Archive for the ‘Unrest’ Category
Earlier this week I read that Unrest, a Washington D.C. indie band that broke up in 1994, was making a quick reunion tour of the Northeast. (The trio reunited once before, for a one-night hometown show in 2005.) As it happened, one of the dates is at the Bell House, a comfy venue only a fifteen-minute walk from my house. I thought “Hooray!” and reached for my wallet to take out my debit card and order a ticket. And then I thought “Do I really want to see this?” I e-mailed a friend who was also a fan of the band back in the day. “I can’t figure out if I care about this or not,” I wrote. “It seems like a lot of work,” he replied. I’m at a loss as to why I felt this way. Because I’m 41? Because it means staying out late? Because it means having to stand through a set by Versus, the opening act? (My friend and I used to agree that they were excruciating.) Most likely, for me, because it means going back to a time that I miss a little too much.
I loved Unrest’s music—a few songs were punky, like this one, but most of them were upbeat and poppy, with spacey, noodley elements thrown in. (One brief number, called “Food and Drink Synthesizer,” was made from the sound of one of those long toy plastic tubes that whistled when you lassoed it in the air.) They sang about what it felt like to be a teenager, even though they weren’t teenagers any longer—about making out, liking music, having sex, being home sick and wishing you could be having sex. A couple of songs reference ice cream. But I loved Unrest’s gestalt even more. They were obsessive fans of semi-obscure musicians and artists, and they threw out intriguing cultural touchstones in their songs and on their cover art. They named a lovely song after Isabel Bishop, the mid-20th-century American social realist painter, whose work I was excited to find in the Whitney when I moved to New York. The packaging for a compilation of Unrest’s singles has random pictures of some iconic Bauhaus-y modern house that I just spent an hour trying to identify through numerous vague Google searches, unsuccessfully. I discovered Unrest through the song in this video. (The video is such an ungodly mess that you’re forgiven if you want to turn your head away and just listen to the music.) The band members were fanatical about Cath Carroll and her ’80s group, Miaow, as I was; they put her portrait on the cover of their last record, Perfect Teeth, which led me to buy it. The disc itself was imprinted with a picture of Cath’s tattoo, a kitty with a walking stick.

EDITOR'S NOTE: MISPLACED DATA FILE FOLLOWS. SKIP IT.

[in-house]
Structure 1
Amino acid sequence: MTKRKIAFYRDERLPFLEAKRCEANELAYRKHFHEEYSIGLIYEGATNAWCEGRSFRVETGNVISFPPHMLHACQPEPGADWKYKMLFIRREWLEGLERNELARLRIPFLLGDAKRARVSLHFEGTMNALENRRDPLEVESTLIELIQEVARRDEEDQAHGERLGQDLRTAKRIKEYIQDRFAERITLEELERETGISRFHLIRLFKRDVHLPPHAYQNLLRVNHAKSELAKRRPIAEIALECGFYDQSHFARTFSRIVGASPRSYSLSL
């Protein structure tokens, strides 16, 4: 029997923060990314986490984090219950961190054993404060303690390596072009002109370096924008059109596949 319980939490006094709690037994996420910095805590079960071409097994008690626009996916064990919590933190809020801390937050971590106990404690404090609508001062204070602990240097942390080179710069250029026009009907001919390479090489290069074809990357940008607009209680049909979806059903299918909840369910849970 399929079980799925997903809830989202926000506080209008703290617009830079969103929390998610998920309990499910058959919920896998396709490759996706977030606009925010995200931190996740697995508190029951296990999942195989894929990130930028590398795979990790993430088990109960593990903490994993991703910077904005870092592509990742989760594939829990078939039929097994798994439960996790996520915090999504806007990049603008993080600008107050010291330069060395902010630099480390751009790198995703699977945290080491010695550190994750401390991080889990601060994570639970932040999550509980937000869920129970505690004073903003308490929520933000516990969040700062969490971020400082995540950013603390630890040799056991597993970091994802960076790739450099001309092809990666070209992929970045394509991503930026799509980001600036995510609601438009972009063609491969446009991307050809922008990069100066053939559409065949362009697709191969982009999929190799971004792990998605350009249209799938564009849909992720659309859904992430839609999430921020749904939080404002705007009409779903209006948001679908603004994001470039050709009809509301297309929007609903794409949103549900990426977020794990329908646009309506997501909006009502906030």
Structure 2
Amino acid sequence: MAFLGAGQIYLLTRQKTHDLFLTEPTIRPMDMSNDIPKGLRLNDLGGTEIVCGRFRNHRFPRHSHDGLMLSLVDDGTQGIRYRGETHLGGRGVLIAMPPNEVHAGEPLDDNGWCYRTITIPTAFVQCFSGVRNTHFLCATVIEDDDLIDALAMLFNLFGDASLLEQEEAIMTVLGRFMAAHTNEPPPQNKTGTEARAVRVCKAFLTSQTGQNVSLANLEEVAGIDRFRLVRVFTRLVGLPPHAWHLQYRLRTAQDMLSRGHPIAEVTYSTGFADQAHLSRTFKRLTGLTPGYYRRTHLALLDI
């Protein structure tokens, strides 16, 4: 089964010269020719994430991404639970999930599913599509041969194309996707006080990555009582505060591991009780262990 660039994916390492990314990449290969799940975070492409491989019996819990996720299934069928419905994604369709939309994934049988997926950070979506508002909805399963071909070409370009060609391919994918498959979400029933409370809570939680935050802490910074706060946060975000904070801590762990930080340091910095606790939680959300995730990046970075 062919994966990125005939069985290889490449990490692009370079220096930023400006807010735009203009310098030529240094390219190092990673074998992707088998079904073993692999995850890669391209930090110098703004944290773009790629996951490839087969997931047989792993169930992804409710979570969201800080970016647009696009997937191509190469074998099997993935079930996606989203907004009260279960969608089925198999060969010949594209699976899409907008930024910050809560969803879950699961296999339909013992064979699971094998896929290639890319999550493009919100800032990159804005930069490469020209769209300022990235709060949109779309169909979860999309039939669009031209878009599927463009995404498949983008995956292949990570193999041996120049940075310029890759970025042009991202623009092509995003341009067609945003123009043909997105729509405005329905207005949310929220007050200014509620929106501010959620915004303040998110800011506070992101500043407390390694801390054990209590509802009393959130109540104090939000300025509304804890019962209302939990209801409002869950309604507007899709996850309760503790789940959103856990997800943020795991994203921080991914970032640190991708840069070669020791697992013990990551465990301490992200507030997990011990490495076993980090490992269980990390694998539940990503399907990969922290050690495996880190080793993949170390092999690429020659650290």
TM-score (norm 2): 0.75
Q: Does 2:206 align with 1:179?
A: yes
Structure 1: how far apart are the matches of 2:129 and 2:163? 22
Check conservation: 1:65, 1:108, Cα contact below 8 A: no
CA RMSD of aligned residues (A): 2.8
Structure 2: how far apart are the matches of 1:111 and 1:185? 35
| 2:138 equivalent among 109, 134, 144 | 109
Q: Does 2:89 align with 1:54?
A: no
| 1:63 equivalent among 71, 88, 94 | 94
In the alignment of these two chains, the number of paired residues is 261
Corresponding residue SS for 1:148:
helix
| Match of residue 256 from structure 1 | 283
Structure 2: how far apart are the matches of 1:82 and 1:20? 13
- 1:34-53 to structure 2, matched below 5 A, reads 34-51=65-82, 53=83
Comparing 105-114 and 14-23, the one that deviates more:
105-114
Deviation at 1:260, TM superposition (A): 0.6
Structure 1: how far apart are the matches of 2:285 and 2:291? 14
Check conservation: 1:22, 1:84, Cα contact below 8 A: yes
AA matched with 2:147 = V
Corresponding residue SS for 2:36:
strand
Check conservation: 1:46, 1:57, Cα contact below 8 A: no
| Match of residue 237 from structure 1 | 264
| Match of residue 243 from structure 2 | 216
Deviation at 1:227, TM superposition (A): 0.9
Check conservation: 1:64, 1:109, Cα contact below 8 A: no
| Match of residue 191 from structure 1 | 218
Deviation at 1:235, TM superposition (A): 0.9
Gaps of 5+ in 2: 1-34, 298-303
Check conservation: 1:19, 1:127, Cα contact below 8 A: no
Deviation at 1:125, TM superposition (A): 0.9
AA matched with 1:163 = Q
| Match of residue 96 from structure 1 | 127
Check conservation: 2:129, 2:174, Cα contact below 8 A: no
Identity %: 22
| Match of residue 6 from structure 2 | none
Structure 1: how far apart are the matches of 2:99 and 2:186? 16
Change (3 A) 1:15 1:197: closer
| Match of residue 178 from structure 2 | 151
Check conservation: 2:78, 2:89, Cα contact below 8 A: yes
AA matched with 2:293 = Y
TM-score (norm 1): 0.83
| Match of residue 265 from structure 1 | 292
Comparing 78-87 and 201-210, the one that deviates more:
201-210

I kept trying to imagine what the reunion show would be like, playing old Unrest songs in my head and remembering what I loved about them, until this morning, when I decided that I had to buy a ticket. I went on-line, debit card in hand, only to find that the show had sold out. Sometimes it sucks to be me. Now my only option would be to see them play a few days earlier at Maxwell’s in Hoboken, and that really would be a lot of work.